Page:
How to Build Your $5 "Trash Can" Windscreen

Have you heard of or seen pictures of this famous windshield mod for your bushpig? It's inexpensive and great for wind protection if you aren't ready to drop more than $125 for an aftermarket one? Here's how to make a cheap and cheerful alternative.

A DR650 fitted with a "trash can" windscreen at Molybdenite Lake, BC, Canada.

Like most dual-sports used for ADV riding, the DR650, DR-Z400, and XR650 bikes aren't the most comfortable at sustained highway speeds. With their simple headlight cowl offering little to no protection against the wind for the rider, you might want to add a windscreen to improve comfort on those highway stretches during your adventure trips.

Not ready to spend on the good, but expensive options from Bajaworx, Parabellum or Laminar? Give this a try!

It will not exactly cost $5, especially here in Northern Pesos. You can build this windscreen at a minimal cost of around $25 if you have to buy everything.


Does it Work?

Yes, it works brilliantly! Even though it lacks a "complex computer-modelled aerodynamic shape," this windscreen will protect your chest from the wind, bugs, and road debris.


Depending on your bike, your height and how you shape it, it may also deflect most of the wind above your helmet. You can also adjust the height and angle to find the perfect fit instead of being stuck with an expensive windshield that only pushes the wind straight into your helmet. Many riders report their disappointment with expensive non-adjustable windshields.


Is it Gonna Hold at Speed?

Yes, even if it is made of a simple plastic sheet, the shape gives it plenty of strength.

When using a 2" wide industrial Velcro properly applied, it's rock-solid even at high speeds. You might see the top moving a little, but it isn't going anywhere.


Pros:

  • It's cheap;

  • it can be modified, replicated and improved upon;

  • it's removable on the fly and easy to pack flat once you hit the dirt; and

  • it's ultra-lightweight.

Cons:

  • It looks cheap;

  • if you care, add some stickers; and

  • it's opaque.

The main downside for some riders is that it isn't a see-through solution. Some really like to see the road directly in front of them as though they're viewing their ride through an actual windshield, but it has never been an issue while riding from our experience.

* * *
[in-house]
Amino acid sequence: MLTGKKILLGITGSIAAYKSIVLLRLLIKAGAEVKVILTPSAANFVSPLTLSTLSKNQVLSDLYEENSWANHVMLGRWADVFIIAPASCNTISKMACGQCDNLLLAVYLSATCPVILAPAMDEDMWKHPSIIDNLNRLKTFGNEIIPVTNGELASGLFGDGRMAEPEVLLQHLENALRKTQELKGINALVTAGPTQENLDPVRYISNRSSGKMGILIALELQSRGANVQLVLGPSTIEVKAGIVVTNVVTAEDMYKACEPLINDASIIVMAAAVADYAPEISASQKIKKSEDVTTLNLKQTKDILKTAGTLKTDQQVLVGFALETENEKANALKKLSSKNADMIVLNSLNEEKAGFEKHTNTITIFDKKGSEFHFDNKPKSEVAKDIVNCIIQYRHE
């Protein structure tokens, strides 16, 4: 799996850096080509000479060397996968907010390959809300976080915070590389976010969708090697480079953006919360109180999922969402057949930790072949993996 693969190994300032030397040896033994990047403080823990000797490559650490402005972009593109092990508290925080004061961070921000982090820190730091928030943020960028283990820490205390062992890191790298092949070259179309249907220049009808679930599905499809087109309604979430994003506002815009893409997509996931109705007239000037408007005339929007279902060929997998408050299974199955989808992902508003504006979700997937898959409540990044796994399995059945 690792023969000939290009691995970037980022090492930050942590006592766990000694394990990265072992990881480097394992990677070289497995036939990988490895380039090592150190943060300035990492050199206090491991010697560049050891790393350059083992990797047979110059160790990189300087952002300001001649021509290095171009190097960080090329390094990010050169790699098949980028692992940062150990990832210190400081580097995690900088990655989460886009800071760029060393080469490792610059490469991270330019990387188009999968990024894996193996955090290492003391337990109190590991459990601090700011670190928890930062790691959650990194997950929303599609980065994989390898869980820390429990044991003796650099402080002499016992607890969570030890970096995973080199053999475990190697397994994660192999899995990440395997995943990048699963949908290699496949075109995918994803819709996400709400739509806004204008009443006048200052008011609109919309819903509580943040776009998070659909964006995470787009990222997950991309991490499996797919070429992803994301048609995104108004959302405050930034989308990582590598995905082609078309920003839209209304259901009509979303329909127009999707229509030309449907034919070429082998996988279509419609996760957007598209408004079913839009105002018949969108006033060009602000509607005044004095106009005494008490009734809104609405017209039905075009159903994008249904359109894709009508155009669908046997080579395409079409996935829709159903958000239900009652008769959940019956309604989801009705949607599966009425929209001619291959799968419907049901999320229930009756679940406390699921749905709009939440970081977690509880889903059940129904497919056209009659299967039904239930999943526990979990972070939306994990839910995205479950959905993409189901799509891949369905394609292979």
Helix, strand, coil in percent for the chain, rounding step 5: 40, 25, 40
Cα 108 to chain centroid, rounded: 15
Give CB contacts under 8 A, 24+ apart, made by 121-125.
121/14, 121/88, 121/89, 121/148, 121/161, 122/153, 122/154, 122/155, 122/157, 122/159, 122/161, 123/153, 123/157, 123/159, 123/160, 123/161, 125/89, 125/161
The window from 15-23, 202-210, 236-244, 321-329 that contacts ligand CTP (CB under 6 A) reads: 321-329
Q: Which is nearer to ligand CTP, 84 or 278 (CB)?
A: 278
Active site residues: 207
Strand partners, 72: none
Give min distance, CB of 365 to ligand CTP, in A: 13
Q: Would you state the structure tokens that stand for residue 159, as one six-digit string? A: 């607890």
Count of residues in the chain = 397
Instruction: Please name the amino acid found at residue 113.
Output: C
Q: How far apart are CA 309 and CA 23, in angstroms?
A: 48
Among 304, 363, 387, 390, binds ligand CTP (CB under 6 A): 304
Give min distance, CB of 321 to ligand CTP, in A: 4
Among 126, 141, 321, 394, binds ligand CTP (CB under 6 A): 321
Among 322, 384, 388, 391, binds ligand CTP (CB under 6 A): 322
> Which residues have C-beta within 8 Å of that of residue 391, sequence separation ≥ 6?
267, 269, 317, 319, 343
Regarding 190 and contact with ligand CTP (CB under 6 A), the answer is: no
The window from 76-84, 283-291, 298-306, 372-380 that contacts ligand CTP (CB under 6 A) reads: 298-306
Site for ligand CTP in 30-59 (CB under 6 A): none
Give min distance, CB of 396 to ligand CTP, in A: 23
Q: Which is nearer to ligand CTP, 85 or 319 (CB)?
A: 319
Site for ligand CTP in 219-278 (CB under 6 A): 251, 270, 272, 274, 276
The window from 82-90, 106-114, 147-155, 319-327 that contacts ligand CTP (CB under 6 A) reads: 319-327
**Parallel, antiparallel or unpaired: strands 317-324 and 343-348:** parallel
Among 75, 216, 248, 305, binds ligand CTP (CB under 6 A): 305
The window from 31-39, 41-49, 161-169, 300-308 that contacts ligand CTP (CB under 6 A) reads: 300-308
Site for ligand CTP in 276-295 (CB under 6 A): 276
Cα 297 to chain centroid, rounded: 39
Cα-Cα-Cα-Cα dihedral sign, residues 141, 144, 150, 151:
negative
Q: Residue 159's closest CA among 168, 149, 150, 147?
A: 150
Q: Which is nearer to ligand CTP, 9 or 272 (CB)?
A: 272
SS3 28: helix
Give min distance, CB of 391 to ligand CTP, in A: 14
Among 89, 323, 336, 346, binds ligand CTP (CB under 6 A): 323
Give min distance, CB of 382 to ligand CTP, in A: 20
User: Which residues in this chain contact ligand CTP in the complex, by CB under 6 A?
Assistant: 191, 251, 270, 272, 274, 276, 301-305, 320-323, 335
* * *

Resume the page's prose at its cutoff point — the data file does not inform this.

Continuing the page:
You could certainly make the same out of plexiglass if you have the right tools to form it.


If you really feel the need to look precisely right in front of you, you might be better off spending some time learning proper riding techniques.

 

Here is the Tutorial to Make Your Own "Trash Can" Windscreen

Tools and supplies needed:

  • A plastic product with a large enough flat surface.

  • About 16" of industrial Velcro tape, 2" wide.

  • A ruler.

  • A hot gun or a good hair drier (optional).

  • A sheet of thick paper and a pencil.

  • A sharp utility knife, a good pair of scissors or metal snips.

  • A clean rag and alcohol isopropyl.

$6 Trash Can Windshield supplies
Paper pattern, remaining sheet and Velcro tape

A Few Words About Supplies


It's actually not easy to find a garbage can with a flat side large enough to fit the entire windscreen and not cost $40 or more, at least here in Canada.


If you have to buy it, search for a tote lid instead. The best option we found is from the largest tote, a 30-gallon version, you can find at Home Depot, Canadian Tire or Walmart or your local independent hardware store.


Our Sterilite model's centre part is flat and fits the entire pattern within the reinforcement ridges close to the lid's edges.


We got lucky with a nice cashier that let us take the lid for free, as they don't sell the lids individually. Your experience may vary.